We hear about sexual abuse nearly every day and we have come to realize that not enough abusers are ever brought to justice. You only have to look as far as a former president to understand that the deck is stacked against the abused.
Silence is one of the best weapons that abusers have. Sadly, there are too many examples of child sexual abuse, including that of the Catholic church.
It is helpful to step back every once in awhile and try to look at the big picture. What we see when we look at the human species and the planet is not pretty.
Living organisms are programmed for survival. But the great paradox is that so many human activities are geared toward destruction. One of the most glaring example has to do with climate change.
There have always been naturalists and conservationists among us. I would consider them people who understand that our behavior has an effect on all other living matter around us. Their voices have been small and not very loud over the ages, yet they possess the knowledge that all of us need to help preserve the natural world that we live in. Humans have never given science the respect it is due and that attitude is proving destructive to everything we interact with.
In the 21st century it is not enough for there to be naturalists pointing the way because humans have become so arrogant and selfish that the only way they will move to change their behavior is if it effects their pocketbook or their selfish way of life.
Today 6/29/21] I received a formal letter from National AFL-CIO President Richard Trumka. In the letter Trumka confirmed that the investigation against us for passing a General Strike Authorization Resolution has concluded and that he asserts we engaged in misconduct based on his (dubious) reading of national bylaws. Trumka also used the letter to attack us for developing a relationship of solidarity with the progressive rank & file caucuses within the non-AFL-CIO VSEA (Vermont State Workers United!) and NEA (Vermont School Workers Action Committee). But in the end, he stated that he would NOT take any disciplinary action against us at this time. This is a major win for Union democracy within the AFL-CIO, and the Vermont AFL-CIO is proud of our conduct, commitment to social justice Unionism, relationship building within the broader pro-Union left, and our fidelity to the defense of democracy. We may be one of the smallest and most rural States in the nation (with a population of just over 600,000), but here in Vermont our membership is growing and we are not afraid to lead. And lead we shall!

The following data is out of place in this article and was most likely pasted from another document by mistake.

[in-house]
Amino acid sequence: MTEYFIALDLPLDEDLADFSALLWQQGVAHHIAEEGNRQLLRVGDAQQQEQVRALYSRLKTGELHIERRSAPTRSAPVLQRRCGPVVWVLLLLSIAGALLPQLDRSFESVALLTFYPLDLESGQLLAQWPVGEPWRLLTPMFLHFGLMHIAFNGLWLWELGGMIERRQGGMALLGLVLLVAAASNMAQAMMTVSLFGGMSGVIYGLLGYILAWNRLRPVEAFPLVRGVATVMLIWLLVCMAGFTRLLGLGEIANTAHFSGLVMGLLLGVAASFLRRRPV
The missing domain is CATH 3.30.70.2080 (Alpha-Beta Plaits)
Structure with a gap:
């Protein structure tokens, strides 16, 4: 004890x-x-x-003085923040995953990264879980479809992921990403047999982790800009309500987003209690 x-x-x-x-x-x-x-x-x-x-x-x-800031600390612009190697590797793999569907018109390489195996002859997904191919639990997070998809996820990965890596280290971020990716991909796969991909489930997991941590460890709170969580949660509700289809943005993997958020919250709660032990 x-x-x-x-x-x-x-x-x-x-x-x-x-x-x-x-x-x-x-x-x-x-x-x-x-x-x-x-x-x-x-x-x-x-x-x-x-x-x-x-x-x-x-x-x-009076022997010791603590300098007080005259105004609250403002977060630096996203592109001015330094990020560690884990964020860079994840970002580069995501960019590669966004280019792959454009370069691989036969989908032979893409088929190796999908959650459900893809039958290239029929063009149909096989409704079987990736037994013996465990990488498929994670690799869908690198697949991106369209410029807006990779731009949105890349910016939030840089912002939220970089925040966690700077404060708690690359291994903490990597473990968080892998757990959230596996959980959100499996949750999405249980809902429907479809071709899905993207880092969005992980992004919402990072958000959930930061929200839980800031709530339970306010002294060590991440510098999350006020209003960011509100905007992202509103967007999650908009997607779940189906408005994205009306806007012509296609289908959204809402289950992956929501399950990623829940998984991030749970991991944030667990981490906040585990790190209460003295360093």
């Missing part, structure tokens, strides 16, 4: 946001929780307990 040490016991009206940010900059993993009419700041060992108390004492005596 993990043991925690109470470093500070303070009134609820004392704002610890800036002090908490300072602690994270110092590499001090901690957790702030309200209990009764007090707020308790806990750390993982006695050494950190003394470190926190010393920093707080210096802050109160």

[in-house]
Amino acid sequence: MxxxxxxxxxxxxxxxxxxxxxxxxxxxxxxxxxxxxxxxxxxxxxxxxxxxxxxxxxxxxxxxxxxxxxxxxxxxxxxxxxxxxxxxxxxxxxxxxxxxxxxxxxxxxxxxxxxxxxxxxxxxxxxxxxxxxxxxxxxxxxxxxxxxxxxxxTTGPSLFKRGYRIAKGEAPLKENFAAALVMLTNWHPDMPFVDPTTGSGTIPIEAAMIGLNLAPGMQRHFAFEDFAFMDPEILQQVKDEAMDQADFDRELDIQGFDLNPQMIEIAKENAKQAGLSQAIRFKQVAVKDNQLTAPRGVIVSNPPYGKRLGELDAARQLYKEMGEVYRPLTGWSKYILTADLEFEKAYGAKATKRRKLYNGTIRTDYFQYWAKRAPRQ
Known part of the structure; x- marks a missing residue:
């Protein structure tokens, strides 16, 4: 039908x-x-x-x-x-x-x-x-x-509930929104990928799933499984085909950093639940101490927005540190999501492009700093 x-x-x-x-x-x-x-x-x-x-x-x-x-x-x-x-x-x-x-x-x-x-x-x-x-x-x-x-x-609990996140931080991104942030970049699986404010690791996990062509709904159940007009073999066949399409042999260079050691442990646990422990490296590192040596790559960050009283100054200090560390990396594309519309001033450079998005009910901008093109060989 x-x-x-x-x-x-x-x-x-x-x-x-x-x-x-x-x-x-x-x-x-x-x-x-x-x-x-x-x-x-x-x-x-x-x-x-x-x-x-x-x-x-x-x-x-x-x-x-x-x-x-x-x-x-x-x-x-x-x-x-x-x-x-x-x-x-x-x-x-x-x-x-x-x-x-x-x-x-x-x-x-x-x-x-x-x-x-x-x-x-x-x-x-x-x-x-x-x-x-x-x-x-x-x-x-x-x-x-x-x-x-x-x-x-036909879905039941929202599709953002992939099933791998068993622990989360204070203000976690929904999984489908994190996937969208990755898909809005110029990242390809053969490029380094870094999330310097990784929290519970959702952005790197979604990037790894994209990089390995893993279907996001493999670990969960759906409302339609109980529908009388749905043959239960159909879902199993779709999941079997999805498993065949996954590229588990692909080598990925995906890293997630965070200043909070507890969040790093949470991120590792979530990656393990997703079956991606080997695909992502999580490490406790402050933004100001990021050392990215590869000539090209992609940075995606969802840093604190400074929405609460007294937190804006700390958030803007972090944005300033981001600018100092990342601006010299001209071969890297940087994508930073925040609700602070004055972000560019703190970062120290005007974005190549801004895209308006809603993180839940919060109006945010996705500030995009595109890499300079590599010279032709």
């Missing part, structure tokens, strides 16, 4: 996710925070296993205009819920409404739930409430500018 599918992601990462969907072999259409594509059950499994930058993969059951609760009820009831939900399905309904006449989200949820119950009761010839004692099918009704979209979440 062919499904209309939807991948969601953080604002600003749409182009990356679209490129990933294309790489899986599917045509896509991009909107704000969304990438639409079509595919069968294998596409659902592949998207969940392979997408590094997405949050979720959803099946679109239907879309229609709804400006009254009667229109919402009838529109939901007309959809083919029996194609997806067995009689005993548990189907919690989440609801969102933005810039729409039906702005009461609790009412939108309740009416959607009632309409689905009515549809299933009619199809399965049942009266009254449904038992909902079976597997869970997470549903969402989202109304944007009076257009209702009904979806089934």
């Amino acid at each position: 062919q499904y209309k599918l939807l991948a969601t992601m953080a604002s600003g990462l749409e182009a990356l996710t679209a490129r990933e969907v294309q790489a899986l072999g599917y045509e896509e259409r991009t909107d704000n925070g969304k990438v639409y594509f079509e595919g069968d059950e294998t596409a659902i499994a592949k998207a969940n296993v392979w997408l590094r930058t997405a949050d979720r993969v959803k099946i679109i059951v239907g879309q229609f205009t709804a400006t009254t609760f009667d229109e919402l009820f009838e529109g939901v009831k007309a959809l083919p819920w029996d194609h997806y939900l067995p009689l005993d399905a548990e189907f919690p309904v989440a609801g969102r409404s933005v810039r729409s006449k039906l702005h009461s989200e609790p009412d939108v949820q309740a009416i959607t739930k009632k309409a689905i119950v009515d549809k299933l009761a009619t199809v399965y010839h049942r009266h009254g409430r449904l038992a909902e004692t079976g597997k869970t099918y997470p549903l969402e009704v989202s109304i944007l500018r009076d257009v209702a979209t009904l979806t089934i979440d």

From this chart we see that in 10,000 BCE (12,000 years ago) wild animals comprised 100% of the total vertebrate biomass on this planet. Today, wild animals comprise only 4% — less biomass than the cats and dogs that we humans keep for pets. The world’s cattle now comprise a greater biomass than all other animal species combined. Now you can believe that methane from cattle can make a deadly difference.
I can’t stop being outraged at the lack of action by politicians on the issue of gun control. It would be easy to become insensitive to the daily reports of mass shootings in this country but every time I hear about one I become more and more depressed because I know that nothing will change in my lifetime, if ever.
This lack of action makes it clear that the U.S. political system is controlled by amoral, unethical and inhumane people. It is fueled by self-interest and the only time that things get done is when politicians think they can get more votes or more financial support in the next election.
Gun control is not about guns or mental health. It is about a failed political system.
The US Fish & Wildlife Service is proposing that hunting bears with hounds be made legal on the Putney Mountain Unit of the Silvio O. Conte National Wildlife Refuge.
The deadline for public comment is July 5th